The 18th Divisional History adds of the episode: "Hedges' company was on the right of the 54th Brigade front. It was held up by six machine gun posts on a hill opposite. Hedges made up his mind to clear these posts. Armed with a revolver and carrying a cane*, which he waved when he wanted his men to dash forward, Hedges crawled up the hill under cover of a hedge. A sergeant [13974 Sgt. Fred Gibson] was with him. A Lewis-gun section followed some distance behind. Breaking cover, Hedges killed the first machine-gunner. Then he worked his way along the crest of the hill and dealt with three more machine gun posts, taking the feed-blocks out of the guns and securing altogether fourteen prisoners. The Lewis gun section came up to help. All the six Boche machine gun posts were captured, and as suddenly as it became clear that the three companies of the 6th Northamptonshires that had been checked near Bousies Wood Farm, had by now worked round the enemy from the north, the German resistance collapsed. The 2nd Bedfordshires and the 55th Brigade swept forward to seize Renuart Farm, and by 6 p.m. two companies of the Queens and East Surreys - cyclist patrols were used on this occasion - had got as far as the church in Robersart. As the Germans retired the French inhabitants braved the shelling and came out of their cellars to welcome our men. There were smiles and excited shouts, and hot cakes and potatoes for the Queens and East Surreys that night."
In what would be the final battle of the war for his battalion, Captain Hedges was, ironically, wounded again. During the fighting at Mormal Forest on the 4th November 1918, Freddie was wounded in the right side of the scalp - "a three and a half inch crack in the skull" according to Sergeant Gibson - and a "through and through" bullet in his right shoulder. He was evacuated back to England, arriving at Southampton on the 8th November and heard the war had ended from a hospital bed in England.
Captain Hedges was awarded the Victoria Cross by the King at Buckingham Palace on the 15th May 1919 and was appointed the Commandant of No.8 POW Camp on the 19th June. On the 26th July 1919 Freddie married Mollie Lorna Kenworthy (see below) but soon afterwards he suffered compound fracture of right leg in an on-duty collision between his motor cycle and a car (driven by the managing director of Leyland Motors as it turned out) at Fulwell, England on 27th September 1919. Subsequent medical examinations revealed the fracture had healed but other remarks show, with hindsight, that Freddie was not entirely well, probably after his experiences in the war.
On 5th February, 1924, Mollie gave birth to their son, John Grosvenor. For Mollie, it was a difficult birth and (sadly in retrospect) they avoided her having another pregnancy. They were a contented family group and a year or so later they relocated from her parent's home to one of their own in The Avenue, Sunbury. With the exception of the death of Freddie's father at the end of 1936, it seems to have been a period of contentment as their son grew.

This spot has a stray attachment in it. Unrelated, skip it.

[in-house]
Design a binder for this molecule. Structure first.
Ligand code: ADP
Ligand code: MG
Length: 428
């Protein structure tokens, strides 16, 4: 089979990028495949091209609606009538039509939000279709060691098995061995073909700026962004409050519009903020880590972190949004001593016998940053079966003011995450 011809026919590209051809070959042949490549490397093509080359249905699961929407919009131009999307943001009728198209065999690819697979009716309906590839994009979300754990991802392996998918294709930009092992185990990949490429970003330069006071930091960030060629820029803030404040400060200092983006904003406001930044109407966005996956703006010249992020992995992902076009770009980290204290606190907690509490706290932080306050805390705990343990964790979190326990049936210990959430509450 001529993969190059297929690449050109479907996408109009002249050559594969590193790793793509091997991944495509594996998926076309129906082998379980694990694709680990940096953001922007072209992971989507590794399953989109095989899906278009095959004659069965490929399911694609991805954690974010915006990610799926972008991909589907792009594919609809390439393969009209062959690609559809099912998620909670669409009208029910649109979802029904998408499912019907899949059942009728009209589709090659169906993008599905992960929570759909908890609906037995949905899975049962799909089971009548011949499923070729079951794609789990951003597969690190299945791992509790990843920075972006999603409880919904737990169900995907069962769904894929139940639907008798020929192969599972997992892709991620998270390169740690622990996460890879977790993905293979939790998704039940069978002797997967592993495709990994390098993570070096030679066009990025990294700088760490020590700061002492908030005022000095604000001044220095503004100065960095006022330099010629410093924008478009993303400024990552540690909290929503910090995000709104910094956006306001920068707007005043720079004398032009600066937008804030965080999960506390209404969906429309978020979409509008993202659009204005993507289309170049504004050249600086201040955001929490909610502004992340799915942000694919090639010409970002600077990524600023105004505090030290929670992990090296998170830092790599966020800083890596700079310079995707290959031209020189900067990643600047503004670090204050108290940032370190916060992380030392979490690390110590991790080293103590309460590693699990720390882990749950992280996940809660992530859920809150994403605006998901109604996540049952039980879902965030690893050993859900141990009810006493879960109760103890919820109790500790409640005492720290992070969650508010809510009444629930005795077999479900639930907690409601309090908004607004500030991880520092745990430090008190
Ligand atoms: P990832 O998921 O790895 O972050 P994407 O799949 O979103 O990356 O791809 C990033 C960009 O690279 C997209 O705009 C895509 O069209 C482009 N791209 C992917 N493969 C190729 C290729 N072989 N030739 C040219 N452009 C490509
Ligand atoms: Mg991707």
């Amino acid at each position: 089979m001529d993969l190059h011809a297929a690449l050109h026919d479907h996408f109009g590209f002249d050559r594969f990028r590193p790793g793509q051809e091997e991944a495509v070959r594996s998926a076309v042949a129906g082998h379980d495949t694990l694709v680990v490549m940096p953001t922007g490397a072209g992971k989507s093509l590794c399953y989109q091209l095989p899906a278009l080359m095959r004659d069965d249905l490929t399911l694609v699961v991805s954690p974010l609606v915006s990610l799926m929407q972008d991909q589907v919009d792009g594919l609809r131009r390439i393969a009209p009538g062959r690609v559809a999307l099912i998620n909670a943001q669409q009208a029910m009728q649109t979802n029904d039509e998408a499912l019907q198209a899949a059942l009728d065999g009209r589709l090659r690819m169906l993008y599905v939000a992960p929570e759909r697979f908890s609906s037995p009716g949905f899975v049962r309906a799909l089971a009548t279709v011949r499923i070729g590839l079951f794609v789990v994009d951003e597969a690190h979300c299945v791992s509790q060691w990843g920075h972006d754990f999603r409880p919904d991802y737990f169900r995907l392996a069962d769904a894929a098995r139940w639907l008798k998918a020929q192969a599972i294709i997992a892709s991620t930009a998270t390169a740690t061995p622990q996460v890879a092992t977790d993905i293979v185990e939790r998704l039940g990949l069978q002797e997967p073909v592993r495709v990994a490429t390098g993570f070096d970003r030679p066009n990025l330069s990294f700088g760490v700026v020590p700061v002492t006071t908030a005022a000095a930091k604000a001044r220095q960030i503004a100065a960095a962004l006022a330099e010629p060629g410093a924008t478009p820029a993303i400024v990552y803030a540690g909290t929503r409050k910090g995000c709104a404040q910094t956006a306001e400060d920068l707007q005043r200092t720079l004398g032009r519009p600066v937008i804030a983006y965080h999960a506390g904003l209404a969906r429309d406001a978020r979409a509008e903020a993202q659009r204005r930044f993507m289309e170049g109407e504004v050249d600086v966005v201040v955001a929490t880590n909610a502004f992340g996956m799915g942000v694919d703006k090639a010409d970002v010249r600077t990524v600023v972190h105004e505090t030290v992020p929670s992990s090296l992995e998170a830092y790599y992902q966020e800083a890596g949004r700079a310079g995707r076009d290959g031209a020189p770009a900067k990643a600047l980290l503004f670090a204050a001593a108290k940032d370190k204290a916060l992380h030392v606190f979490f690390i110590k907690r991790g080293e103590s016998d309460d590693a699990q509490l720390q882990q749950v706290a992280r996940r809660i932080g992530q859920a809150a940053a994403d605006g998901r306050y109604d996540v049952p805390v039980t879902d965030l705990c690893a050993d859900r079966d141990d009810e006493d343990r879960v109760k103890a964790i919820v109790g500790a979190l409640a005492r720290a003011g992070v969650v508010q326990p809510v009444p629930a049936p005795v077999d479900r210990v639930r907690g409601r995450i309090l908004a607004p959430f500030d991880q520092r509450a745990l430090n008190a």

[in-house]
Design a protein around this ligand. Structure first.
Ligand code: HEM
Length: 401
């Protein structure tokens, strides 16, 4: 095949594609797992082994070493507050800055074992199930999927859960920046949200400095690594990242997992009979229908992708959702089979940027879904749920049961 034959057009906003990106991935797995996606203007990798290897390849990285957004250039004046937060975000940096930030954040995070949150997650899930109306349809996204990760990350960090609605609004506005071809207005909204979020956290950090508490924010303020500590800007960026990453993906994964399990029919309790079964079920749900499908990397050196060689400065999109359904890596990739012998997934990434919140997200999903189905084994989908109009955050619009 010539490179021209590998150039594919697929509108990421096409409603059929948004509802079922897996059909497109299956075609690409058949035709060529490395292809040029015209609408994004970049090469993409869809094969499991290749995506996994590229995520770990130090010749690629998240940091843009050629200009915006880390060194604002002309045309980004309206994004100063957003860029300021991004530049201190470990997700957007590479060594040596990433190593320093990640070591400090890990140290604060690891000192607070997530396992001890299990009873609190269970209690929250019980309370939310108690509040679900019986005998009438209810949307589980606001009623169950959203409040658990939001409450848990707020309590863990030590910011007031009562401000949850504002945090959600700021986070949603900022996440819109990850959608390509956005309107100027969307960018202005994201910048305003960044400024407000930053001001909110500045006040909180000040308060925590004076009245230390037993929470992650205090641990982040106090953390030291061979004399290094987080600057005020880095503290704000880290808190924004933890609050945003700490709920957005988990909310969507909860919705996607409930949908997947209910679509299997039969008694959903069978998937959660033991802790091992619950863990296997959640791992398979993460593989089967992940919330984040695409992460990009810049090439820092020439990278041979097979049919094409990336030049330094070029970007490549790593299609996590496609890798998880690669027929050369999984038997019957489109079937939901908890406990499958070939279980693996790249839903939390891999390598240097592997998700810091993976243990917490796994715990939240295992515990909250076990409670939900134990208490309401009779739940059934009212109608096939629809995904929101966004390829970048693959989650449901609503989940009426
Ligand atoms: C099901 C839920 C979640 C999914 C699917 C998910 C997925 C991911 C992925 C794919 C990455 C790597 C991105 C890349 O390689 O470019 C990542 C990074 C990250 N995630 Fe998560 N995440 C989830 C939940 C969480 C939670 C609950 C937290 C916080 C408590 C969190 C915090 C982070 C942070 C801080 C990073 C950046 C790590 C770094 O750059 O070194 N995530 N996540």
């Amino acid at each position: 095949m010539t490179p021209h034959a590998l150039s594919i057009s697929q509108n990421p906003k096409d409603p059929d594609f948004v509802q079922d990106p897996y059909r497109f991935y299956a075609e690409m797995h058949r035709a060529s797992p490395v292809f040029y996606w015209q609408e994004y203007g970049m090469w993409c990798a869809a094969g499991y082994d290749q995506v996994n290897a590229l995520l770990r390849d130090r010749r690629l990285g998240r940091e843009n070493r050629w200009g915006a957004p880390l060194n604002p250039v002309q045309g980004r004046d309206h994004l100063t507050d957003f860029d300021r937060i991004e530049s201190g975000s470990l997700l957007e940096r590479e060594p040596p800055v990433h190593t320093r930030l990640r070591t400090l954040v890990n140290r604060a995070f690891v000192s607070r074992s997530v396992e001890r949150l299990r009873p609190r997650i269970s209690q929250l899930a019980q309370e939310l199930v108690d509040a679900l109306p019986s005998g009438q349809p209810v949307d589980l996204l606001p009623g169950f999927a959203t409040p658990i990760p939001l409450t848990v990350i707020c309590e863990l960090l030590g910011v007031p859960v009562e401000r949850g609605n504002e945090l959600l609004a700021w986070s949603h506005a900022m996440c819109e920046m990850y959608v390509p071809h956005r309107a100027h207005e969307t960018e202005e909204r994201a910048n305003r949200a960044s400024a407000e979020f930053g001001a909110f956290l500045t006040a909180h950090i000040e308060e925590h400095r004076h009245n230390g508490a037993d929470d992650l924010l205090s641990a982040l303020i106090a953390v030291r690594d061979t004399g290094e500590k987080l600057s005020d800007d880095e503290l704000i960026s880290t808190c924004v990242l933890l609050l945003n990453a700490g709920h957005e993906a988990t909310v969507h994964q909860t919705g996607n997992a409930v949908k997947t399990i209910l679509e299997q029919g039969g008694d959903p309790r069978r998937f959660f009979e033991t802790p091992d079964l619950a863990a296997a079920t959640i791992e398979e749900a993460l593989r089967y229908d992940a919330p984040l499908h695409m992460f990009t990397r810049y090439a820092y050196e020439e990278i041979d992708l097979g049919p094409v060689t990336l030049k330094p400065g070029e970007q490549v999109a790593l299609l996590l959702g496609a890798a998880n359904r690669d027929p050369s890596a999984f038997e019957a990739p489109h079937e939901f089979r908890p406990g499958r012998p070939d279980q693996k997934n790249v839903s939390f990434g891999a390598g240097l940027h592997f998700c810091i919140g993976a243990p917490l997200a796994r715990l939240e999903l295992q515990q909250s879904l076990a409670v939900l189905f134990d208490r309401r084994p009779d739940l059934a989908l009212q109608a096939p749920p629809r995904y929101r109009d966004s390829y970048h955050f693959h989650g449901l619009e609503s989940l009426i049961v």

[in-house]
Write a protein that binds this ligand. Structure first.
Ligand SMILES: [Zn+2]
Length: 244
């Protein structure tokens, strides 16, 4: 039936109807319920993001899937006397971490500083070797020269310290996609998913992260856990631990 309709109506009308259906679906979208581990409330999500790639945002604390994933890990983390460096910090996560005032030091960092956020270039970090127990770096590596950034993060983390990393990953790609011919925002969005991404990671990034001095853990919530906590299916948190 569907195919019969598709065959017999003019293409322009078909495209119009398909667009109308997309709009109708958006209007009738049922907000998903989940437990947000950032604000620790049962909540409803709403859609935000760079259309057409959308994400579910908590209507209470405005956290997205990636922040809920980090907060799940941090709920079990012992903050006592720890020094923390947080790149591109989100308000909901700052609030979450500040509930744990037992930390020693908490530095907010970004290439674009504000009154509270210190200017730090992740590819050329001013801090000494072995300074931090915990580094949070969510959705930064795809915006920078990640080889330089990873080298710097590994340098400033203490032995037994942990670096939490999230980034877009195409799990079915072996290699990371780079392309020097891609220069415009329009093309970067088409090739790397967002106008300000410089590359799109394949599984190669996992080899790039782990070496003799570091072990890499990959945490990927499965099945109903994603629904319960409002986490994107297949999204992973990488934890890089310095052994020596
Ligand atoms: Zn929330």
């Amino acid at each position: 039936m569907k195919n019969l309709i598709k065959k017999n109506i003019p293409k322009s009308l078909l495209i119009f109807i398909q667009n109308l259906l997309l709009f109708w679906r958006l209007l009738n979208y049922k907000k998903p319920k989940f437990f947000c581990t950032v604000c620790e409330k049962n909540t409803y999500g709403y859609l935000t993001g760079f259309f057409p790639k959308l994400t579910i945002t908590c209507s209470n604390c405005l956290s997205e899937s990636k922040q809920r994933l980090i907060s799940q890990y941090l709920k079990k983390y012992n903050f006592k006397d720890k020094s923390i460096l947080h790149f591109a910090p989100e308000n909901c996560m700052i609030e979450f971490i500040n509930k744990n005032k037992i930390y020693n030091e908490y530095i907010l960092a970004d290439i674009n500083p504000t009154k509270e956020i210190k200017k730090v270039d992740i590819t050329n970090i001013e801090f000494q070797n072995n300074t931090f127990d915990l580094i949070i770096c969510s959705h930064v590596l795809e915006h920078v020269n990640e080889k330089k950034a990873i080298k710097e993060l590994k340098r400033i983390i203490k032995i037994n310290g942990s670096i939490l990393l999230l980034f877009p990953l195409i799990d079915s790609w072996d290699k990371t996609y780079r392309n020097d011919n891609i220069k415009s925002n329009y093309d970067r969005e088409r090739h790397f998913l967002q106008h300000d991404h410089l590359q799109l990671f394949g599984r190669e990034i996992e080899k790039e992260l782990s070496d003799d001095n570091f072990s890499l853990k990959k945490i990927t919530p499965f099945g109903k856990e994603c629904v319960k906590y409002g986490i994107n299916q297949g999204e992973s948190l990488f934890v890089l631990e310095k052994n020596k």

In 1939, Freddie was elected Chairman of the Teddington Branch, British Legion, having served previously as Vice Chairman. But in September, the Declaration of War was to cast a dark shadow on their lives. Freddie promptly attempted to re-enlist but he was upset at being rejected, while Mollie was deeply upset by his not consulting her nor even mentioning his intention to her beforehand. It was to remain a lasting sore in the relationship. He went on to become a Civil Defence Coordinator and as Chairman of the British Legion Teddington Branch he was in charge of the Annual Remembrance Day Parade in 1941.
4 days later, on the evening of 13th November 1941, John left home as usual, in full equipment for duty. As his War duty, their son John had joined the local, 31st Middlesex, Home Guard Unit, becoming a member of the Upper Thames Shore Patrol. On this occasion though, he was going via a friend's Birthday Party at Thames Ditton, South of the River. From the Party, taking the shortest route, he arrived at Sunbury Lock, at about 2 am, on the 14th. His colleague on duty, duly rowed across from the Middlesex bank and collected him. A few yards from the destination landing stage, John noticed his feet getting wet; water was being taken in. They both stood up and the dinghy capsized, throwing them in the River. The Ferryman swam to the stage, removed his greatcoat and attempted then, unsuccessfully, to find John before reporting the accident. The Police subsequently dragged the River in that area, a particularly deep and fast flowing section, a number of times with no success.
A month later, 13th December, a body was reported floating in the backwater of a downstream island. It proved to be John's and, apart from his rifle and 'tin helmet', was complete with all his possessions. John could not swim well; the ferryman had not been experienced and, finding the usual boat with a damaged rowlock, he had taken a nearby small dinghy. A former neighbour formally identified the body. The finding of the Coroner's Inquiry was Accidental Death due to Drowning. The body was cremated at the Mortlake Crematorium on Friday, 19th, and the Death registered the following day.